There is a new way of thinking in basketball circles that midrange shots, those outside of the paint but inside the three-point arc, belong on the endangered species list. The rationale is that since there are only a few players who can consistently hit that shot an above average pace, a team is better off going for the three-point shot which has a comparable efficiency rate yet worth more points. As you can see in the chart below, the only shot that was made more than 50 percent of the time last year were those taken in the restricted area. Everything else was substantially less.
It could also be argued that taking more shots from midrange leads to a less potent offense. Here are the results from last season: the more shots taken from mid range as a percentage of all shots usually led to a lower offensive rating, which is simply the number of points scored per 100 possessions.
Here is Houston’s shot selection through four games this season, with a large concentration at the rim or beyond the three-point line.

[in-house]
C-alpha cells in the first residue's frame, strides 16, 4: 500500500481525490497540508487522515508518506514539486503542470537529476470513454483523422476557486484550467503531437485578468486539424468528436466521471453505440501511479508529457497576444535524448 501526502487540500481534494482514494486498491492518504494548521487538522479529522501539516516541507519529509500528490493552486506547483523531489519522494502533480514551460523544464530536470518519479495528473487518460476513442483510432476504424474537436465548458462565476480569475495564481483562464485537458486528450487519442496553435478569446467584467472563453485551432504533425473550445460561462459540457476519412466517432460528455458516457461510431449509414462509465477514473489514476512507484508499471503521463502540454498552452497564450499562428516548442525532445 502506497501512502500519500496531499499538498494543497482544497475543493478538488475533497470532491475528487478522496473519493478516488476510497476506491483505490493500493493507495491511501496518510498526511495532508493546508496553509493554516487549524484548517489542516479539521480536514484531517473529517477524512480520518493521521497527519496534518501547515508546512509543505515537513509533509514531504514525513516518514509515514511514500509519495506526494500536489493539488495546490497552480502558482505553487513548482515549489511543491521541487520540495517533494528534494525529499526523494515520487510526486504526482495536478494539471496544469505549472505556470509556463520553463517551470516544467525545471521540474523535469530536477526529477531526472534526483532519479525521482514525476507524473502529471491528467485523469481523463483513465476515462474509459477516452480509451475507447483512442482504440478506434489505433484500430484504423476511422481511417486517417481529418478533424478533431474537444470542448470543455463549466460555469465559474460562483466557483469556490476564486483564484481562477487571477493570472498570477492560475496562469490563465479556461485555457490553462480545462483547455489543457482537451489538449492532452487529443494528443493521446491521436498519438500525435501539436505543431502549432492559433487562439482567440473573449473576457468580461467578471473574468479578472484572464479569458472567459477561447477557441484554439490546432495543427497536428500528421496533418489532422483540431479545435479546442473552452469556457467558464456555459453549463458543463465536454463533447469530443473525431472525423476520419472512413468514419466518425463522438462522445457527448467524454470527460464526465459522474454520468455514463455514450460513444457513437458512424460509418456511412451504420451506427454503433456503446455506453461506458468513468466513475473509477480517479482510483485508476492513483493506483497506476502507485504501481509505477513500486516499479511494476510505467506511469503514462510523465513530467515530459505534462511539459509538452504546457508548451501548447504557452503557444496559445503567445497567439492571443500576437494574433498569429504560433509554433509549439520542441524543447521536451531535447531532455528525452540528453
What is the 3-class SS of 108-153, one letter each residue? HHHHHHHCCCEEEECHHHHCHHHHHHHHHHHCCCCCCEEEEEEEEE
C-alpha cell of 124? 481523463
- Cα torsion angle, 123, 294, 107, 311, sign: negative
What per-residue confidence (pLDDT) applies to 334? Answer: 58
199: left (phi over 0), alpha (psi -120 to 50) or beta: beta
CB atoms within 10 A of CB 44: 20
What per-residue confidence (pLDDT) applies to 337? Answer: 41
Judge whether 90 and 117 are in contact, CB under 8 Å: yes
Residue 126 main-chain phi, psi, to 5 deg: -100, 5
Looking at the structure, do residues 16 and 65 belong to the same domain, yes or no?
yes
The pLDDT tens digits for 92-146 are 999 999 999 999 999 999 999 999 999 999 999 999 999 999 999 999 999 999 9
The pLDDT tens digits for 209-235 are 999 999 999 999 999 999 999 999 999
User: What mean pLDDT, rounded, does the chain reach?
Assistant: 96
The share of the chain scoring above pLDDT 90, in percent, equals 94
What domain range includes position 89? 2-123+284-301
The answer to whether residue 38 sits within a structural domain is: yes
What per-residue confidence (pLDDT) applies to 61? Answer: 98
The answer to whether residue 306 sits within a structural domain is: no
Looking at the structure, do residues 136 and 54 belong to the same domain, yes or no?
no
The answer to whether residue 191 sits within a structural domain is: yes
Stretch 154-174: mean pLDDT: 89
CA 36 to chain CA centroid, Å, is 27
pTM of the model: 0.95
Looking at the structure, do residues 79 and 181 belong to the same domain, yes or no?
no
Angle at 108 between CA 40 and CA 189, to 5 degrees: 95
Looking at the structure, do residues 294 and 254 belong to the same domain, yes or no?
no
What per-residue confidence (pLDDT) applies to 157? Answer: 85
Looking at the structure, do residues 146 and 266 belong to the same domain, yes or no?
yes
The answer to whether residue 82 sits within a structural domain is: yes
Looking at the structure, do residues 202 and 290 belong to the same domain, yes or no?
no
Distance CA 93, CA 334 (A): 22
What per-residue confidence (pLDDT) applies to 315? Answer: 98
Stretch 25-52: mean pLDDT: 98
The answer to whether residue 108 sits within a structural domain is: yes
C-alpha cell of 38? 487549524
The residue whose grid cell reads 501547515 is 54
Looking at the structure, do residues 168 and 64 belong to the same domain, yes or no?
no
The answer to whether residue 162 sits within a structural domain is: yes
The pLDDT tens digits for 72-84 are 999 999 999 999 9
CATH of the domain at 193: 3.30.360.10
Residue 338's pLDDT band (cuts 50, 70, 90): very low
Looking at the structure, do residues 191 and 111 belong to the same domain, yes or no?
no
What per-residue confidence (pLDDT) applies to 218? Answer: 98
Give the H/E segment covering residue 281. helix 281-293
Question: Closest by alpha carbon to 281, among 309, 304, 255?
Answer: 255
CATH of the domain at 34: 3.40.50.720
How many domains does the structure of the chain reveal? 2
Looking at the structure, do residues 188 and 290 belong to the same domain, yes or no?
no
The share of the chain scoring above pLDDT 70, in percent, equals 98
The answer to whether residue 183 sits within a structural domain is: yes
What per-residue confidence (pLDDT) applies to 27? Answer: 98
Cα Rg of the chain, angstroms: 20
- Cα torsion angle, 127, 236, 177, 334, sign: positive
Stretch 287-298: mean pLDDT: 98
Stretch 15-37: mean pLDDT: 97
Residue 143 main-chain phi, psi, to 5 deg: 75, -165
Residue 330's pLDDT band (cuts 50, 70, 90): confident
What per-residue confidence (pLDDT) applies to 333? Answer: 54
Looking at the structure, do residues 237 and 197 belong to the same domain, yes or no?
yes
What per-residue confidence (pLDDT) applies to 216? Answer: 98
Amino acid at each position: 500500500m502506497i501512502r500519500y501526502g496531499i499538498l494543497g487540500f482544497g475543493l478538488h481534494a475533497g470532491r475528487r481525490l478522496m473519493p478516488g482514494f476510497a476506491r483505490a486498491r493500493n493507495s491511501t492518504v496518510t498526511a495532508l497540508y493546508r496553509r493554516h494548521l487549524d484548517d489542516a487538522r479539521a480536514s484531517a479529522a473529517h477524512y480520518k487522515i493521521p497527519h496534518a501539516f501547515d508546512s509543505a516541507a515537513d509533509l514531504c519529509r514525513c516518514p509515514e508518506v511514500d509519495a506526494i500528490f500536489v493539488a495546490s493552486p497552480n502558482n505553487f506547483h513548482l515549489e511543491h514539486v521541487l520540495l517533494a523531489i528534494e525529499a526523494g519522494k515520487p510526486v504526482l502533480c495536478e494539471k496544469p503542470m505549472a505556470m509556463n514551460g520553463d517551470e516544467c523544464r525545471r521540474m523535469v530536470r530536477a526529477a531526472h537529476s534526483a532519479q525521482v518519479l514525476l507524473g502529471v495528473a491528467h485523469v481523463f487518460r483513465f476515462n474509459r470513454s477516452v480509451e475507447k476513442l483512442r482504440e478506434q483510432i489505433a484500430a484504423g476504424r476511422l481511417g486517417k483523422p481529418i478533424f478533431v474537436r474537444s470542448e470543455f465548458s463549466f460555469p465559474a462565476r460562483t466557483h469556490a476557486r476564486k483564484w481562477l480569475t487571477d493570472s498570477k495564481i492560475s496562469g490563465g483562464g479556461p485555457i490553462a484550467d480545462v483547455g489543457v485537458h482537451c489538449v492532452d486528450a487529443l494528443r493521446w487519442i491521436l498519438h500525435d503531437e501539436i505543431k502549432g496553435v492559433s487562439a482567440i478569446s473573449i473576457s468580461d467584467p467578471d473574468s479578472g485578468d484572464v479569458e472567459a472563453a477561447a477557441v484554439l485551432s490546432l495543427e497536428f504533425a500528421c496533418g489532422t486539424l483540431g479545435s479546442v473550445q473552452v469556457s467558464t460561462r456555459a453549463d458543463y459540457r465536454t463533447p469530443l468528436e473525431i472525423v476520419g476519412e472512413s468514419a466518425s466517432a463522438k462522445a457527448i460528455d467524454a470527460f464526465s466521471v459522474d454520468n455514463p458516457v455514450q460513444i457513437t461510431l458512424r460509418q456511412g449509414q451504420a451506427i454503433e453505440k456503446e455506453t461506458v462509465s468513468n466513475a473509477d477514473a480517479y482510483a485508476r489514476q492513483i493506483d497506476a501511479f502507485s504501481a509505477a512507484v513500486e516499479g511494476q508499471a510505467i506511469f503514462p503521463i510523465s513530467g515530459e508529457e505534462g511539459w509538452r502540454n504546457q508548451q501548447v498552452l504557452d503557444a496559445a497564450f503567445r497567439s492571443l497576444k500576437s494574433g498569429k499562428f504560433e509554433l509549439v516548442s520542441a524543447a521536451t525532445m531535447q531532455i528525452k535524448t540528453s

That’s why free agent Trevor Ariza should be a perfect fit. He can hit the three and doesn’t put up many shots from midrange.
And as I stated earlier, that’s getting the Rockets to the free throw line. Only the Sacramento Kings and Toronto Raptors have gotten more free throws as a percentage of all field goal attempts than the Rockets.
This all leads to a true shooting percentage — a measure of shooting efficiency that takes into account two-point field goals, three-point field goals, and free throws — of 58.3 percent, the sixth best mark in the league. Last season they had the third best true shooting percentage (57.1 percent).
We will get a better sense of just how good Houston is or isn’t in the coming games, especially when they face off against the Heat, Spurs and Warriors. However, this squad did win 54 games last season with this philosophy, so there is no reason they can’t keep this momentum going in the coming months.